Five nerdy univer­sity perks to geek out about

There are amaz­ing hid­den trea­sures tucked away on your cam­pus, wait­ing to be ex­plored.

The Coast - - ON CAMPUS - BY MOR­GAN MULLIN

Be­ing

a stu­dent has its perks—from new­found free­doms and friend­ships to self­dis­cov­ery and maybe even learn­ing to do your own laun­dry. Some­thing not to over­look in that list, though? Em­brac­ing your in­ner geek.

In my first week of classes as an un­der­grad, a pro­fes­sor made an im­pas­sioned speech to my class­mates and I that we ought to trea­sure this time, be­cause we’ll likely never again get the chance to pur­sue learn­ing in such an im­mer­sive way. (Spoiler alert: She was right.)

While hit­ting the books (and, um, ac­tu­ally go­ing to class) helps make the most of the learn­ing side of school, so does mak­ing a point to bask in all things aca­demic.

With that idea in mind, let’s take a peek at some of the most ob­scure, learn­ing-for­learn­ing’s sake trea­sures at a few of Hal­i­fax’s uni­ver­si­ties. Most are free and ac­ces­si­ble to stu­dents, so get­ting your geek on will be easy to do. The li­brary at King’s is al­ready a thing of beauty, with fluted col­umns and ce­ramic busts giv­ing a se­ri­ous, an­cient scholar vibe to the space. Take a break from your re­quired read­ings and check out the spe­cial col­lec­tions: Some 20,000 rare works that range from me­dieval manuscripts to vol­umes from the 15th, 16th and 17th cen­turies. Tucked away in room 120 of the Sir James Dunn Build­ing is any wannabe as­tro­naut’s dream: A vin­tage plan­e­tar­ium map­ping out the night sky be­fore your eyes. Step into the pitch-black space as the so­phis­ti­cated riff on a pin­hole pro­jec­tor casts a de­tailed de­pic­tion of the so­lar sys­tem onto the walls and ceil­ing! Ap­prox­i­mately twice a month, the 1950s-era piece is the sub­ject of a $5 public lec­ture that’ll let you see the magic in ac­tion. Check out as­tron­o­myno­vas­co­tia.ca or our list­ings for de­tails. The Daw­son Print Shop is sure to make any font fiend sali­vate. The space has lit­er­ally thou­sands of lit­tle metal and wood let­ters, used in a set-by-hand let­ter­press (the pre­de­ces­sor to mod­ern print­ing). Crowded cab­i­nets hold ev­ery­thing from Hel­vetica to Times New Ro­man al­pha­bets, beg­ging to be plucked from their places—part of Canada’s largest col­lec­tion of type. Put them to use by tak­ing a book-bind­ing or let­ter­print class.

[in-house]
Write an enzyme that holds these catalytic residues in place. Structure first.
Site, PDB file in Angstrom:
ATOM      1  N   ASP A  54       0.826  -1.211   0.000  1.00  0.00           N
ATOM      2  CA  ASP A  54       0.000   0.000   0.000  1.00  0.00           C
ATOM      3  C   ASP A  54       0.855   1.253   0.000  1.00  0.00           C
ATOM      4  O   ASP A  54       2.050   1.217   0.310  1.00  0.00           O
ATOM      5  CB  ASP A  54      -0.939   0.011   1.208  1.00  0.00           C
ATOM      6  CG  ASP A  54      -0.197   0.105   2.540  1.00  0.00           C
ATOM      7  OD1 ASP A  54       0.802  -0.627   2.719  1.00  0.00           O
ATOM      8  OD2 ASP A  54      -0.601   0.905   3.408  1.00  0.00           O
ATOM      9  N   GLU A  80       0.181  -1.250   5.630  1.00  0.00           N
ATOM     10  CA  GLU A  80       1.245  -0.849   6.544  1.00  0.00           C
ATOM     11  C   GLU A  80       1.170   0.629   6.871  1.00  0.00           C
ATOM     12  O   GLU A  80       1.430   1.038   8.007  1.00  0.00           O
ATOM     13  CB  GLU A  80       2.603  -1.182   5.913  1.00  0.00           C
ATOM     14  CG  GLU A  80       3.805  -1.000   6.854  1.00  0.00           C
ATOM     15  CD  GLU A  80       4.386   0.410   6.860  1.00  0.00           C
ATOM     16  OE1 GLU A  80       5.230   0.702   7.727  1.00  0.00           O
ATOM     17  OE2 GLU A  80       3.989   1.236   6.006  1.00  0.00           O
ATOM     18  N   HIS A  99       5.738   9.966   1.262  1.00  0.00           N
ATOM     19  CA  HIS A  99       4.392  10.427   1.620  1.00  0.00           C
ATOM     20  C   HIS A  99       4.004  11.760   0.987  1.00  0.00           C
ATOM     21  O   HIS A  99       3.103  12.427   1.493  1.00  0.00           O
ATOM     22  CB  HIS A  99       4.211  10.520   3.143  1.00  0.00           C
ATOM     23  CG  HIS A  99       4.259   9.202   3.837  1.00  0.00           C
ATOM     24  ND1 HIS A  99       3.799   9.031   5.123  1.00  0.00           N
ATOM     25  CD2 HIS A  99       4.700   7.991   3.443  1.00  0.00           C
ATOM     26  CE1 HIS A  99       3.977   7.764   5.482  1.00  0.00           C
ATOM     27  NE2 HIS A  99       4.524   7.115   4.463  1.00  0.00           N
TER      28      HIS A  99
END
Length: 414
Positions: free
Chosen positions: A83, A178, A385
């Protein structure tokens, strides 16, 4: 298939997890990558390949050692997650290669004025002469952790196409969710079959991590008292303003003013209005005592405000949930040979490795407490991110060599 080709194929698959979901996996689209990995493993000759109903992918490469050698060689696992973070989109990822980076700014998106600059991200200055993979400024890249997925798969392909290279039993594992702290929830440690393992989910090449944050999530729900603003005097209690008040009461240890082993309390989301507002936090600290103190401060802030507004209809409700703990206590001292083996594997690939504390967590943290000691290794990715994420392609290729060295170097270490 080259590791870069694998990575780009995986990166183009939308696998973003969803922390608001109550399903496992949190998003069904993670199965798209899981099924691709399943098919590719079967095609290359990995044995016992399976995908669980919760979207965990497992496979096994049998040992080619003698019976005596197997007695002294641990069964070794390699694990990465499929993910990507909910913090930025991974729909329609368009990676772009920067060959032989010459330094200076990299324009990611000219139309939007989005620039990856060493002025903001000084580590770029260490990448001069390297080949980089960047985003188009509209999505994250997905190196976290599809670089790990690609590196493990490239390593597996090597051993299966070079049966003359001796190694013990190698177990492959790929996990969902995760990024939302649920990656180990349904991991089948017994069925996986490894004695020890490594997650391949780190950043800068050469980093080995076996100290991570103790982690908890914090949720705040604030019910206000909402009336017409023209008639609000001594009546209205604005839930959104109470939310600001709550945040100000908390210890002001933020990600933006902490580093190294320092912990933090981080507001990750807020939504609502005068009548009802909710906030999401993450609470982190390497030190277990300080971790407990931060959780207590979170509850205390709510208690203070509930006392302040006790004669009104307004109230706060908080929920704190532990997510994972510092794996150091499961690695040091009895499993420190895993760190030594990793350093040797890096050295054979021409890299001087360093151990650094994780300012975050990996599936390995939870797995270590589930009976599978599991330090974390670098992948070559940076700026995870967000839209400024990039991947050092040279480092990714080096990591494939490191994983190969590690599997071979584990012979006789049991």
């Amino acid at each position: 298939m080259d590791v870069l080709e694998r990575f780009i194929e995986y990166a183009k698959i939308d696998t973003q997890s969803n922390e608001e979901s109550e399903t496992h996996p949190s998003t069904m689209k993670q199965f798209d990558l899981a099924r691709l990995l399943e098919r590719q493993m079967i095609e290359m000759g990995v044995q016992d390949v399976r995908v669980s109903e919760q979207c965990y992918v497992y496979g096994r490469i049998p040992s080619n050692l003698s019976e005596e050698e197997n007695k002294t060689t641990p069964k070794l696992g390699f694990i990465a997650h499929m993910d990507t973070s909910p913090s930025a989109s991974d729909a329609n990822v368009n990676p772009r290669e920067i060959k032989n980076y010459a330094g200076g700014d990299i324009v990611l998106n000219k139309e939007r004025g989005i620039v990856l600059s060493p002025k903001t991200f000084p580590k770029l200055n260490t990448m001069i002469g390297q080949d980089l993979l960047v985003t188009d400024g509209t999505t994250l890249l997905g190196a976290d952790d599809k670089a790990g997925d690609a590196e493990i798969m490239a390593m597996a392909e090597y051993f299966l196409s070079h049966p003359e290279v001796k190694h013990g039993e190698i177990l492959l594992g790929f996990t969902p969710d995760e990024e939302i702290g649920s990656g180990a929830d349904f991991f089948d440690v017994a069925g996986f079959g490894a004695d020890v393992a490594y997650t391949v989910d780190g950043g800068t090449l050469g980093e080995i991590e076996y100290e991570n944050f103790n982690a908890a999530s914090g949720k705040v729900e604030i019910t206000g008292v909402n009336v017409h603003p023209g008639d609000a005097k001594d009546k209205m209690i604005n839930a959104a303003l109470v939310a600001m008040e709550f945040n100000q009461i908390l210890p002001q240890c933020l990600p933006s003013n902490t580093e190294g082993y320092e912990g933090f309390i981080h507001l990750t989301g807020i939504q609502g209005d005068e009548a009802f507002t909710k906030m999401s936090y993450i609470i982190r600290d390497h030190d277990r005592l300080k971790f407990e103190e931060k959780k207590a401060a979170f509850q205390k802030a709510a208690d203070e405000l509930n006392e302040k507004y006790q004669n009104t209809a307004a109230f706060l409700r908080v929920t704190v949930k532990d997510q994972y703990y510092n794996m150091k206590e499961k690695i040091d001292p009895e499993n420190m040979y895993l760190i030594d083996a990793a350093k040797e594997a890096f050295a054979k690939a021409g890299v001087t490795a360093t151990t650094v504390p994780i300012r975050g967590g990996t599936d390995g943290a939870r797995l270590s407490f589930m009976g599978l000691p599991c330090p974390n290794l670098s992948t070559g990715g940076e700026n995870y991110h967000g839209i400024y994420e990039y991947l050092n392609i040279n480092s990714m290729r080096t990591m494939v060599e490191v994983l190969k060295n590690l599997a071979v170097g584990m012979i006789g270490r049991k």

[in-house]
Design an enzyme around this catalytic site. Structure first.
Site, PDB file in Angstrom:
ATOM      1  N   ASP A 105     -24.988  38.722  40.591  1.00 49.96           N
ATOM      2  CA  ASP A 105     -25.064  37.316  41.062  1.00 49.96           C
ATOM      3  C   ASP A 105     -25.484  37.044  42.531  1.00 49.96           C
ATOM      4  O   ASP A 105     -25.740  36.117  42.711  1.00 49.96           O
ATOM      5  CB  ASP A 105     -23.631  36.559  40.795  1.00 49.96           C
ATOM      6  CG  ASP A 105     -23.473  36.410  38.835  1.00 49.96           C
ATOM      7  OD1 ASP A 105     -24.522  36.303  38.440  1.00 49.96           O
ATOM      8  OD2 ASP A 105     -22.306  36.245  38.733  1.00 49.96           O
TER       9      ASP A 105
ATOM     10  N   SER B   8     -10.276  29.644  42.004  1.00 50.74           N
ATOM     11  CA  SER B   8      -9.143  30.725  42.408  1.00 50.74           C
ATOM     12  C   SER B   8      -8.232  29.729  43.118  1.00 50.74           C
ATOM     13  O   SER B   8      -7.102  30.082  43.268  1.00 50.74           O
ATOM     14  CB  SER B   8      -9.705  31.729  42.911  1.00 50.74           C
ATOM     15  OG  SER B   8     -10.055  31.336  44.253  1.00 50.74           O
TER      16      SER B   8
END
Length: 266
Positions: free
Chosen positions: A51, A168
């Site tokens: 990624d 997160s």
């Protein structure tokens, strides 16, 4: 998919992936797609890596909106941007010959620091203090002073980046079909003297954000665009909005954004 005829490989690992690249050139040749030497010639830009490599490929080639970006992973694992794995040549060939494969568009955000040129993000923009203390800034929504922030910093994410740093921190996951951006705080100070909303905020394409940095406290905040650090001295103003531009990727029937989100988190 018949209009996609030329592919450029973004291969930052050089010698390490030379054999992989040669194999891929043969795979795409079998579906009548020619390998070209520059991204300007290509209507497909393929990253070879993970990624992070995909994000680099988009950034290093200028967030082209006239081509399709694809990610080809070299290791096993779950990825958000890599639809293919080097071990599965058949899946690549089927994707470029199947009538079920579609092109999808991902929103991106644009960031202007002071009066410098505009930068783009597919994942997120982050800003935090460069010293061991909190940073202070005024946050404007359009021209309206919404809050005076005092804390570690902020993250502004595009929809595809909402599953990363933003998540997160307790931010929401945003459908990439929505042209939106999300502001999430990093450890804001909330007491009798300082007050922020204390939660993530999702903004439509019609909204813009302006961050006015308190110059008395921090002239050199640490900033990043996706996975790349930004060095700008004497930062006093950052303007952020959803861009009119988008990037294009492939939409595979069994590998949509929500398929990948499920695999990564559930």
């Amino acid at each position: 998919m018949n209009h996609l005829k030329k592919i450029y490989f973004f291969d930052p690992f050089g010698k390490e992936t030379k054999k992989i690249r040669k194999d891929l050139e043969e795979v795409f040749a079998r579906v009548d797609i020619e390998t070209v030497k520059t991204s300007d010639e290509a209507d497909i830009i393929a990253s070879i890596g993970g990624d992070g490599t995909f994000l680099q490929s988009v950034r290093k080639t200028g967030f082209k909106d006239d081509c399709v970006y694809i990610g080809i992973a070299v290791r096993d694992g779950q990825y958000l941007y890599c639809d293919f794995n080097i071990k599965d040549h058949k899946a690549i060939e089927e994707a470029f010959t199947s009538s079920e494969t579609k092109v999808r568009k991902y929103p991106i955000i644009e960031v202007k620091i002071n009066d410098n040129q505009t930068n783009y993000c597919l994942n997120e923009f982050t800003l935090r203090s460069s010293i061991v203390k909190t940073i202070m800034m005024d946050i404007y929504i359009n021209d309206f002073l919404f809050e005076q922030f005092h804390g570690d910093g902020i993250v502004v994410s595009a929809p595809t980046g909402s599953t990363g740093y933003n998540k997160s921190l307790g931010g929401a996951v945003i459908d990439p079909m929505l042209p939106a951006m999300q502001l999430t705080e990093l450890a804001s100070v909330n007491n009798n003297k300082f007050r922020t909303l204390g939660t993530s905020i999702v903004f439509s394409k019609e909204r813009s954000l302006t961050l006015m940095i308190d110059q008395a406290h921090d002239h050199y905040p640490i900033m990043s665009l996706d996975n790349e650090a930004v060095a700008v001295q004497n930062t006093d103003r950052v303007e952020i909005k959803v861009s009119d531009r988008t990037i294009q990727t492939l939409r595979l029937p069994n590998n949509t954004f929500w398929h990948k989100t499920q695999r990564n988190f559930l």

PETER KLAGES

Hal­i­fax Plan­e­tar­ium watches the stars.

KATHER­INE TAY­LOR

UNIVER­SITY OF KING’S COL­LEGE’S SPE­CIAL COL­LEC­TIONS NOVA SCO­TIA COL­LEGE OF ART AND DE­SIGN’S DAW­SON PRINT SHOP

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